Tuesday, June 4, 2013
How much are Warren Mosler's business cards worth?
While it somewhat lacked in structure, a good time was had by everyone in the live chat section of the big Warren Mosler vs Bob Murphy debate last night. You can see a replay of the debate here.
One of Mosler's running themes (and which Murphy turned into a running gag) was the idea that he (Mosler) could give his business card a positive price by requiring members of the audience to hand over said card to Mosler's bouncer should they wish to leave the room unmolested. Voilà, modern fiat money. In order to get his fiat cards out into the audience, presumably Mosler would have had to spend them into existence by purchasing stuff from the the audience. Only then would audience members be able to afford to leave the room without being subjected to the bouncer's whims.
In the MMT literature, this is called twintopt.* A state imposes an obligation on its citizenry to pay a tax, and then dictates what good or item (the "twintopt") will be sufficient to discharge that debt. Whatever is made into twintopt, be it US dollars, coupons, or business cards, they will now be valued and circulate. This is the tax-drives-money, or chartal theory of money.
I don't doubt that the theory could be true in practice. For instance, I describe in this post how McDonald's Corporation could give colourful bits of paper coupons a positive value by imposing an obligation on the burger-eating community to pay for all Big Macs with these coupons. No doubt Mosler's business cards could also earn a positive value if he required people to submit cards as an exit fee. Rather than chartalism, I prefer to call this the coupon theory of money in order to underscore that it has nothing to do with the state. Corporations and individuals can issue "chartal" coupon media of exchange just as easily as the State can.
But Mosler's business card analogy doesn't make it as far as US dollars. To see why, let's go the reverse direction and remove twinopt status.
Having been converted by Murphy, let's say that Mosler's bouncer becomes a libertarian and moves to New Hampshire. With twinopt no longer being enforced, audience members can now leave the room without having to post a business card as payment and the market value of Mosler's cards will quickly fall back to 0. So far the chartal tax-drives-money theory of money is borne out perfectly.
Next let's migrate this idea over to the modern US monetary system. Say that the US government announces that it will no longer accept US paper dollars or US dollar-denominated cheques/deposits as payment for taxes and instead will require Mosler-issued business cards. What happens to the value of the US dollar? According to the taxes-drives-money theory, the US dollar, which no longer serves as twintopt, should rapidly become valueless, just as Mosler's business cards became valueless after the desertion of his bouncer.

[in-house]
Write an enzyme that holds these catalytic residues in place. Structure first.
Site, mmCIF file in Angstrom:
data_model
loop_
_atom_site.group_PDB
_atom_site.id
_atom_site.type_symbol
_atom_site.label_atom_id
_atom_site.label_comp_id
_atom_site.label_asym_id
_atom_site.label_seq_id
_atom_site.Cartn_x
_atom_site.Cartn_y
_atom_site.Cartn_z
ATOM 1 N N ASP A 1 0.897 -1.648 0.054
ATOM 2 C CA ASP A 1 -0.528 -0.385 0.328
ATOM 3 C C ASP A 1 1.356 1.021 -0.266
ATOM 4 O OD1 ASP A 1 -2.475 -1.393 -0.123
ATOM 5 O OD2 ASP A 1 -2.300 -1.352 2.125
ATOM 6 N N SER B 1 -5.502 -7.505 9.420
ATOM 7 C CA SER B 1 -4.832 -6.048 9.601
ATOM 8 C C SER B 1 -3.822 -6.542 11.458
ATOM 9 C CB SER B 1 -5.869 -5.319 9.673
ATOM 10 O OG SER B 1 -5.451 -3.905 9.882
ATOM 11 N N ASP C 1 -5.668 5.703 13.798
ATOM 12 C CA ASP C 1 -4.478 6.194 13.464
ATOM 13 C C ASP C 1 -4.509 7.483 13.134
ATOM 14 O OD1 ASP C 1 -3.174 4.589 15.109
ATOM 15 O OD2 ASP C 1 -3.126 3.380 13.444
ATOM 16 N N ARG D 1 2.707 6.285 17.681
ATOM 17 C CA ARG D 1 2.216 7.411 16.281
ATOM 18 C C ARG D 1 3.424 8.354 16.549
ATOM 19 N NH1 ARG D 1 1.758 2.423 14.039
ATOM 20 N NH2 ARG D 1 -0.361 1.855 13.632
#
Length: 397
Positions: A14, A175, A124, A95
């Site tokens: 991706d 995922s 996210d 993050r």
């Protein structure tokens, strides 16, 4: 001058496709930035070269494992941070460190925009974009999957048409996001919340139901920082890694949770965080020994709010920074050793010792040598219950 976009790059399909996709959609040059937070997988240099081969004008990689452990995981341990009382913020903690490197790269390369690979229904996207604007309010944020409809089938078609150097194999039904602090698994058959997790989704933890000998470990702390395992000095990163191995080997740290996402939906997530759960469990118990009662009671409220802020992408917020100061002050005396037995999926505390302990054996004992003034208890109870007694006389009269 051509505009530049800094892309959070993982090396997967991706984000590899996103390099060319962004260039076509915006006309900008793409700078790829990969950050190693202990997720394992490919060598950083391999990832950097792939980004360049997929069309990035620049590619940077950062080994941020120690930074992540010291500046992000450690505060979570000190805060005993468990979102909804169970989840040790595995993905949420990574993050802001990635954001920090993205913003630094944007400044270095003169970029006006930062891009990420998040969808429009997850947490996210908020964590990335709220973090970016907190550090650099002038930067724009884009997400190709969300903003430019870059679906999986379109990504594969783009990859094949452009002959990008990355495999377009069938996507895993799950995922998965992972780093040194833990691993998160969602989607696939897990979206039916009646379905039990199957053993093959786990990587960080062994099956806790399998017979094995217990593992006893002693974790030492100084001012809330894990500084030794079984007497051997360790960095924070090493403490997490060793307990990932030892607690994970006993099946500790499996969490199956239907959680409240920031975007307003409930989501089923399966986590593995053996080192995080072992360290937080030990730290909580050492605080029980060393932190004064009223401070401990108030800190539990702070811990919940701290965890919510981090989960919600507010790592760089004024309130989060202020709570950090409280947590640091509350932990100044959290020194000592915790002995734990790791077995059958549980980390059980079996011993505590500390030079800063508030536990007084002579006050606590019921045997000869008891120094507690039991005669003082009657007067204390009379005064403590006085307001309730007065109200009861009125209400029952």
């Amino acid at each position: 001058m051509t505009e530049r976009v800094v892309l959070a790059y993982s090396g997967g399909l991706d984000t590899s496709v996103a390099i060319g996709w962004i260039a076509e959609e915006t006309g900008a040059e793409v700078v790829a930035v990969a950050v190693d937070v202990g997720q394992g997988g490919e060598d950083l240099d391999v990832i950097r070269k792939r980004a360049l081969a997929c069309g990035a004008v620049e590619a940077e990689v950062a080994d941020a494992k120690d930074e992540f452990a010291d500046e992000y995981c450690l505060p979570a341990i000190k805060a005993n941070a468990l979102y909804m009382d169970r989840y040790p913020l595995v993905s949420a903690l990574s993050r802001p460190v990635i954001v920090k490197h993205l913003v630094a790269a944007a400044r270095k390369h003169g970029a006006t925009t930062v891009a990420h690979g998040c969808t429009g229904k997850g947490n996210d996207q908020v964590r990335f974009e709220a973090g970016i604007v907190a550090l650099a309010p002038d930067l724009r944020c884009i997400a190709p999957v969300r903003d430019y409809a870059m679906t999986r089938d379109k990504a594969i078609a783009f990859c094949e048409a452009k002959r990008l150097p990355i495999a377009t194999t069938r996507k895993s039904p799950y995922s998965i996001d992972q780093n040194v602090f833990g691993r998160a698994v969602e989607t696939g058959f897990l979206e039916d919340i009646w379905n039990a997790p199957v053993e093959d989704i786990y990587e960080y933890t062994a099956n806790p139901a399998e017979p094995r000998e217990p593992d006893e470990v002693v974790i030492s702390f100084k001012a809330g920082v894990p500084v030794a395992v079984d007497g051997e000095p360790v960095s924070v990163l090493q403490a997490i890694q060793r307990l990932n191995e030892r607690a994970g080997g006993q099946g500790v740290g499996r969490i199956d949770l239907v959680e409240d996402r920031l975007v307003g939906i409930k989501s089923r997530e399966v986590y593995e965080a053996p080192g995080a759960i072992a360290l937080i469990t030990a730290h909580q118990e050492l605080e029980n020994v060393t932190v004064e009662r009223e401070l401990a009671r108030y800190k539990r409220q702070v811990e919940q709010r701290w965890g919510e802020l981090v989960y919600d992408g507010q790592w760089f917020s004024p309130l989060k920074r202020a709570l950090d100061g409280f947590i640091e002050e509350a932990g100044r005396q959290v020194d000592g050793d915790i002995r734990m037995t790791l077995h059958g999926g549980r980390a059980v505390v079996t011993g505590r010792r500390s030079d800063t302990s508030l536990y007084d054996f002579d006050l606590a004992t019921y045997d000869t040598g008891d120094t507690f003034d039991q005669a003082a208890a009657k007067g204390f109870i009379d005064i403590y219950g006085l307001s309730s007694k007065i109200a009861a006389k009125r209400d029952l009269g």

Here's what actually happens. Since US paper currency and US-denominated deposits & reserves are now useless for the set of transactions involving the US government, individuals, banks, and corporations will all seek to simultaneously reduce their inventories of these instruments. After all, they're a less effective medium of exchange.
This disinclination to hold dollars will in turn drive prices up. In order to ensure that prices don't rise above their inflation target, the Federal Reserve will suck up and destroy all unwanted currency and reserves. The Fed does so by selling assets. It has gold, bonds, foreign exchange, economics books, and other things in its vaults which it will continuously use to purchase dollars until the urge to divest dollars has been quenched. Thus the run on US dollars set off by their lack of tax acceptability is just as quickly matched by a decreased supply.
Mosler's business cards will probably be fairly liquid thanks to their government prop. The interesting thing is that despite no longer being required to pay taxes, the dollar will continue to have the same value as before. And while it will be useless in government transactions, the private sector will probably continue to use US paper currency and US dollar reserves among each other as a handy medium of exchange. Something other than taxes drives the value of US money, it would seem.
New-fangled metallism provides an explanation. I say new-fangled because it's not old-fashioned metallic backing per se that helps pin down the dollar. Rather, what does the pinning is the general financial assets that the central bank holds (MBS, bonds, stocks, gold, whatever), combined with the bank's threat to use those assets to ensure price stability. Taxes certainly contribute to the dynamic, but they're not in the driver's seat.
*Specifically, Understanding Modern Money by L. Randall Wray